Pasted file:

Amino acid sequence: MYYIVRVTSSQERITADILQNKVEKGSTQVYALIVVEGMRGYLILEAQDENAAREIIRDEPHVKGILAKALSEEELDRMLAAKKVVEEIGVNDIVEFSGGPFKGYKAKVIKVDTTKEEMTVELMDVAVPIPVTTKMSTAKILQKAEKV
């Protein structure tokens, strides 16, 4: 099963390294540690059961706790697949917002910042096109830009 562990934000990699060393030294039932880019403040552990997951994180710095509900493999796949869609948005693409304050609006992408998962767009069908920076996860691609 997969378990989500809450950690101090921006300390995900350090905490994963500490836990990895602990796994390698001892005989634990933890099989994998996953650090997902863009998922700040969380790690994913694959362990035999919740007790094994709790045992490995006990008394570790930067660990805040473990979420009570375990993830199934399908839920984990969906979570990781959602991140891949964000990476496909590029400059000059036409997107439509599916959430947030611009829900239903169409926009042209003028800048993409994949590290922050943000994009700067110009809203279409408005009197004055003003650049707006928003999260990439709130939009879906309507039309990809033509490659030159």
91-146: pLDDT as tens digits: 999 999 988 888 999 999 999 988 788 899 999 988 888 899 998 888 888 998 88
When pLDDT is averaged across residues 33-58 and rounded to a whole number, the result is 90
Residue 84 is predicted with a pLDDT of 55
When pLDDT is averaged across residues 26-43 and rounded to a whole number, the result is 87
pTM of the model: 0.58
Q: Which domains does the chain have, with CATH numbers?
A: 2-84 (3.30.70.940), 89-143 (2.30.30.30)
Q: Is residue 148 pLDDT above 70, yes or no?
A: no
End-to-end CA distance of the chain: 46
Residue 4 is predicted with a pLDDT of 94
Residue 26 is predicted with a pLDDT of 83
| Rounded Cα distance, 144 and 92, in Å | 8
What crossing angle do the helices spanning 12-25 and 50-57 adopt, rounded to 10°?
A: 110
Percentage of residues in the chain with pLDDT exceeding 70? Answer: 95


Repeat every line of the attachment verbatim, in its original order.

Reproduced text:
Amino acid sequence: MYYIVRVTSSQERITADILQNKVEKGSTQVYALIVVEGMRGYLILEAQDENAAREIIRDEPHVKGILAKALSEEELDRMLAAKKVVEEIGVNDIVEFSGGPFKGYKAKVIKVDTTKEEMTVELMDVAVPIPVTTKMSTAKILQKAEKV
């Protein structure tokens, strides 16, 4: 099963390294540690059961706790697949917002910042096109830009 562990934000990699060393030294039932880019403040552990997951994180710095509900493999796949869609948005693409304050609006992408998962767009069908920076996860691609 997969378990989500809450950690101090921006300390995900350090905490994963500490836990990895602990796994390698001892005989634990933890099989994998996953650090997902863009998922700040969380790690994913694959362990035999919740007790094994709790045992490995006990008394570790930067660990805040473990979420009570375990993830199934399908839920984990969906979570990781959602991140891949964000990476496909590029400059000059036409997107439509599916959430947030611009829900239903169409926009042209003028800048993409994949590290922050943000994009700067110009809203279409408005009197004055003003650049707006928003999260990439709130939009879906309507039309990809033509490659030159």
91-146: pLDDT as tens digits: 999 999 988 888 999 999 999 988 788 899 999 988 888 899 998 888 888 998 88
When pLDDT is averaged across residues 33-58 and rounded to a whole number, the result is 90
Residue 84 is predicted with a pLDDT of 55
When pLDDT is averaged across residues 26-43 and rounded to a whole number, the result is 87
pTM of the model: 0.58
Q: Which domains does the chain have, with CATH numbers?
A: 2-84 (3.30.70.940), 89-143 (2.30.30.30)
Q: Is residue 148 pLDDT above 70, yes or no?
A: no
End-to-end CA distance of the chain: 46
Residue 4 is predicted with a pLDDT of 94
Residue 26 is predicted with a pLDDT of 83
| Rounded Cα distance, 144 and 92, in Å | 8
What crossing angle do the helices spanning 12-25 and 50-57 adopt, rounded to 10°?
A: 110
Percentage of residues in the chain with pLDDT exceeding 70? Answer: 95